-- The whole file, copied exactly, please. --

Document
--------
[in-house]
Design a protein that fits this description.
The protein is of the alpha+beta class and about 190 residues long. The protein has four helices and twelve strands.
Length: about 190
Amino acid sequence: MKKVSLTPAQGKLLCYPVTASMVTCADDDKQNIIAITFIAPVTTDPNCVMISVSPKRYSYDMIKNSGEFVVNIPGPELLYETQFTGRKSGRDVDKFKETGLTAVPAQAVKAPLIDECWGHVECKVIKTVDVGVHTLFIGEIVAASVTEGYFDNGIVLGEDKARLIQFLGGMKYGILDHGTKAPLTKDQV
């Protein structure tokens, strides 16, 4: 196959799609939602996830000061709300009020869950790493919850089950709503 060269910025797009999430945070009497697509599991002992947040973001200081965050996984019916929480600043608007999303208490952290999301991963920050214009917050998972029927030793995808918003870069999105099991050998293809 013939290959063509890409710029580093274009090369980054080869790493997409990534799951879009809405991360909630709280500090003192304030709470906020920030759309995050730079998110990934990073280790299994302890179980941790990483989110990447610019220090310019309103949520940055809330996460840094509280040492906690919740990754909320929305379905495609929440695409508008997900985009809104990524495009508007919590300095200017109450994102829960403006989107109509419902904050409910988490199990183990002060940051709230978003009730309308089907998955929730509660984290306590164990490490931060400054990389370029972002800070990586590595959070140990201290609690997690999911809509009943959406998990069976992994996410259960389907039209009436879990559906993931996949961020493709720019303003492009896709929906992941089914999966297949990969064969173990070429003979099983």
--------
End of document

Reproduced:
[in-house]
Design a protein that fits this description.
The protein is of the alpha+beta class and about 190 residues long. The protein has four helices and twelve strands.
Length: about 190
Amino acid sequence: MKKVSLTPAQGKLLCYPVTASMVTCADDDKQNIIAITFIAPVTTDPNCVMISVSPKRYSYDMIKNSGEFVVNIPGPELLYETQFTGRKSGRDVDKFKETGLTAVPAQAVKAPLIDECWGHVECKVIKTVDVGVHTLFIGEIVAASVTEGYFDNGIVLGEDKARLIQFLGGMKYGILDHGTKAPLTKDQV
């Protein structure tokens, strides 16, 4: 196959799609939602996830000061709300009020869950790493919850089950709503 060269910025797009999430945070009497697509599991002992947040973001200081965050996984019916929480600043608007999303208490952290999301991963920050214009917050998972029927030793995808918003870069999105099991050998293809 013939290959063509890409710029580093274009090369980054080869790493997409990534799951879009809405991360909630709280500090003192304030709470906020920030759309995050730079998110990934990073280790299994302890179980941790990483989110990447610019220090310019309103949520940055809330996460840094509280040492906690919740990754909320929305379905495609929440695409508008997900985009809104990524495009508007919590300095200017109450994102829960403006989107109509419902904050409910988490199990183990002060940051709230978003009730309308089907998955929730509660984290306590164990490490931060400054990389370029972002800070990586590595959070140990201290609690997690999911809509009943959406998990069976992994996410259960389907039209009436879990559906993931996949961020493709720019303003492009896709929906992941089914999966297949990969064969173990070429003979099983």